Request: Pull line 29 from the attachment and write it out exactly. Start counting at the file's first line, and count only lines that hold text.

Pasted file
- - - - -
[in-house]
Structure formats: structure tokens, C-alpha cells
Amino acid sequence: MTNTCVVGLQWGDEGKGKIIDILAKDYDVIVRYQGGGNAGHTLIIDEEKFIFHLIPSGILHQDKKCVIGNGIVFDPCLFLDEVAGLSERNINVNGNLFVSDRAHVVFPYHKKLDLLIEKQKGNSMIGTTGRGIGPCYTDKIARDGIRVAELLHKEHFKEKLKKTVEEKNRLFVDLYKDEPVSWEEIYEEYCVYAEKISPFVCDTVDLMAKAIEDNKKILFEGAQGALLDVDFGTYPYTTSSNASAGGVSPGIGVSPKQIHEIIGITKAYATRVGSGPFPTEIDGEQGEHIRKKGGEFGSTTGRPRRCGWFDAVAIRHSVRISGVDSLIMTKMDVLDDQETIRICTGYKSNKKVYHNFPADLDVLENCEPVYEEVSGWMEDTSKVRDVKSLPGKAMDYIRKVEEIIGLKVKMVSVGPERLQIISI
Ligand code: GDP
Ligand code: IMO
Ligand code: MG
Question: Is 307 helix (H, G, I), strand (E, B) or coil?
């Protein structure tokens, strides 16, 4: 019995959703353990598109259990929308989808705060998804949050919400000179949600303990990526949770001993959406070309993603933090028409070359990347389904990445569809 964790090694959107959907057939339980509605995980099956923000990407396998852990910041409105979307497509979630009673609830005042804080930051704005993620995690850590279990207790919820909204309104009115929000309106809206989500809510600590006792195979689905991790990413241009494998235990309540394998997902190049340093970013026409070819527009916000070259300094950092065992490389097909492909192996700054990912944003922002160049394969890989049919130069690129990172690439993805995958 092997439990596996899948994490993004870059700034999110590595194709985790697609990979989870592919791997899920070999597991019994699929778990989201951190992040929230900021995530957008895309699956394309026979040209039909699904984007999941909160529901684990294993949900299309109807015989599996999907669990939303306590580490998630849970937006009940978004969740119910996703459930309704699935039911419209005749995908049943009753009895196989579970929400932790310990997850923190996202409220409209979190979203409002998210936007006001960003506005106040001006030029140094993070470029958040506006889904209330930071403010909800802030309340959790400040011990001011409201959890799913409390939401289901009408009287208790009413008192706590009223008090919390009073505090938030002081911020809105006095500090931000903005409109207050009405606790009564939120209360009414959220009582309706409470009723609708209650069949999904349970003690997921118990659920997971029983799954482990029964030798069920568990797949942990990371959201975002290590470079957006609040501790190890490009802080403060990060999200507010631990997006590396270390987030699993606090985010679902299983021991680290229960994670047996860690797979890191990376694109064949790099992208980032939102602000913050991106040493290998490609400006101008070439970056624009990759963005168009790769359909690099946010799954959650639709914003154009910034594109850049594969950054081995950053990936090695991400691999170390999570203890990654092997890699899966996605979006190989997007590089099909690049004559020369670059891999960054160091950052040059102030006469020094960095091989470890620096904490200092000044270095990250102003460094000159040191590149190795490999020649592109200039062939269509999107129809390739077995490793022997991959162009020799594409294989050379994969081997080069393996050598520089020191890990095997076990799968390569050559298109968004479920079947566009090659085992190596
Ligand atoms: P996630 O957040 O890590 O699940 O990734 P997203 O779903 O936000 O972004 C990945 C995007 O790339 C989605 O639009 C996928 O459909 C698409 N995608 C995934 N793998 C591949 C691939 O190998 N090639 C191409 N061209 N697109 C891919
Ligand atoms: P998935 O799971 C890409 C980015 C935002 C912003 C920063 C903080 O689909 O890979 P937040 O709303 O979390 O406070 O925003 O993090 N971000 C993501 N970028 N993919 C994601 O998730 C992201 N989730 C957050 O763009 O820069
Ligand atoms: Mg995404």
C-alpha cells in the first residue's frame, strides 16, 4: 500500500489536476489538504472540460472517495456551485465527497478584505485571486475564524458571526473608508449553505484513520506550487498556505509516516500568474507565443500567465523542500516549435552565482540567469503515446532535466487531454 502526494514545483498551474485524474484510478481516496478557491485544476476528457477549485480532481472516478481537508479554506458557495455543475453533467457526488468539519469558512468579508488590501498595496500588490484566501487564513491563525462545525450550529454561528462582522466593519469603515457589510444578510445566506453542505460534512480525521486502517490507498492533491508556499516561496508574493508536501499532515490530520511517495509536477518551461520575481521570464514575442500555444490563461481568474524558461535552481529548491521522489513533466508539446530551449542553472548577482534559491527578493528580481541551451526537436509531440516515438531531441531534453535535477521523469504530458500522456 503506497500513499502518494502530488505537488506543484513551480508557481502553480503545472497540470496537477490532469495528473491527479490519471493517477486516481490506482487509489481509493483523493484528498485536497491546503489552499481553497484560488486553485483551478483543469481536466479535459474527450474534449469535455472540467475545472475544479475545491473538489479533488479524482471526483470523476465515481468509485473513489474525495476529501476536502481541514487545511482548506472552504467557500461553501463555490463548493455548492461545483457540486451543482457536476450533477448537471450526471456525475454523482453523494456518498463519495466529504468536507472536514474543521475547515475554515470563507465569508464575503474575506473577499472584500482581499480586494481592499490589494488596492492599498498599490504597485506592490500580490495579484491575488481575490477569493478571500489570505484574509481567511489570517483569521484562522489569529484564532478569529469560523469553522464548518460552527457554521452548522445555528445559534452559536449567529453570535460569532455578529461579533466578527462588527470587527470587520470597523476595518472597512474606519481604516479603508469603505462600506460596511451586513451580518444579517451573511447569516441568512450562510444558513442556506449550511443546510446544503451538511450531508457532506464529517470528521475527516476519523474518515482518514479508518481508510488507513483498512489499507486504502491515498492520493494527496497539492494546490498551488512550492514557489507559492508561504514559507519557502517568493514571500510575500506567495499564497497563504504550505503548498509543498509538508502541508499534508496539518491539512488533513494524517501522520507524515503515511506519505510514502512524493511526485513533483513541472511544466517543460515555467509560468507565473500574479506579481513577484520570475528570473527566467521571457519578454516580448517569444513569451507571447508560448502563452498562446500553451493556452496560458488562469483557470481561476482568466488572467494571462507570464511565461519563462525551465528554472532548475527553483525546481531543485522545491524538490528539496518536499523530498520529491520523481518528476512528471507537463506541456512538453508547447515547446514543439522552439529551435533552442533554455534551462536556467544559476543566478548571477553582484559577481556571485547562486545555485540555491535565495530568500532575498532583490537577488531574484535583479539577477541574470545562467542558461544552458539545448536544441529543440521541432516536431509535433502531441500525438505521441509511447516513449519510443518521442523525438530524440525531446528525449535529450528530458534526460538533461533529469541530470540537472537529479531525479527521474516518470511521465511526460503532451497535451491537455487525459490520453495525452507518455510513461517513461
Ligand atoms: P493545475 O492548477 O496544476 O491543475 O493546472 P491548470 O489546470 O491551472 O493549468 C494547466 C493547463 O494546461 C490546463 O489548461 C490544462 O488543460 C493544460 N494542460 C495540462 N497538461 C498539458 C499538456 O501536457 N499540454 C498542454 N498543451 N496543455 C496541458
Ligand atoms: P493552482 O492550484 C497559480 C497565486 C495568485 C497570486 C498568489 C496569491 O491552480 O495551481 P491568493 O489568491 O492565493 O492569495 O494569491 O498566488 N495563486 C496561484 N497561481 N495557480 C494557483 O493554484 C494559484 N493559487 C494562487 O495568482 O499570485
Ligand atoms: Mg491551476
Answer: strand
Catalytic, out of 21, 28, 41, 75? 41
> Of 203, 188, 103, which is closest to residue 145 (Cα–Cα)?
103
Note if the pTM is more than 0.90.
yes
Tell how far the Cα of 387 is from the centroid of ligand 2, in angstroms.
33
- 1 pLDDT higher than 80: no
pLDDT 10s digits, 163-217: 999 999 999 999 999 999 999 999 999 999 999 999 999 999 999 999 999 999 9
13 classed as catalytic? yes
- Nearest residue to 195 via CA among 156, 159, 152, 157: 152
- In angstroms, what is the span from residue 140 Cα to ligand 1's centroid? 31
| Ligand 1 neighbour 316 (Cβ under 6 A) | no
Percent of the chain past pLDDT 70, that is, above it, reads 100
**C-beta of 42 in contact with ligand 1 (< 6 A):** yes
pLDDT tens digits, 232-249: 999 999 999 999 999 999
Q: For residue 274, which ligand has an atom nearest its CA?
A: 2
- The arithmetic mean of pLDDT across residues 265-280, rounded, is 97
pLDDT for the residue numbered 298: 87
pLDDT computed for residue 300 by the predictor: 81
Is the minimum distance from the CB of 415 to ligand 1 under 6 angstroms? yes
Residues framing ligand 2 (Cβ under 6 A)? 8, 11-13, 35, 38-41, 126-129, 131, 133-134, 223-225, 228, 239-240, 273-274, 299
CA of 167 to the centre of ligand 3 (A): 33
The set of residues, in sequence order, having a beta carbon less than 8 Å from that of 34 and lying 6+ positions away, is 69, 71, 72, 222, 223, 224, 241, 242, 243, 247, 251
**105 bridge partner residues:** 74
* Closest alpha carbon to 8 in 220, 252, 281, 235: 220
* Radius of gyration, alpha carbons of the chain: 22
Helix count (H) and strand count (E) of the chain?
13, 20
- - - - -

| Ligand 1 neighbour 316 (Cβ under 6 A) | no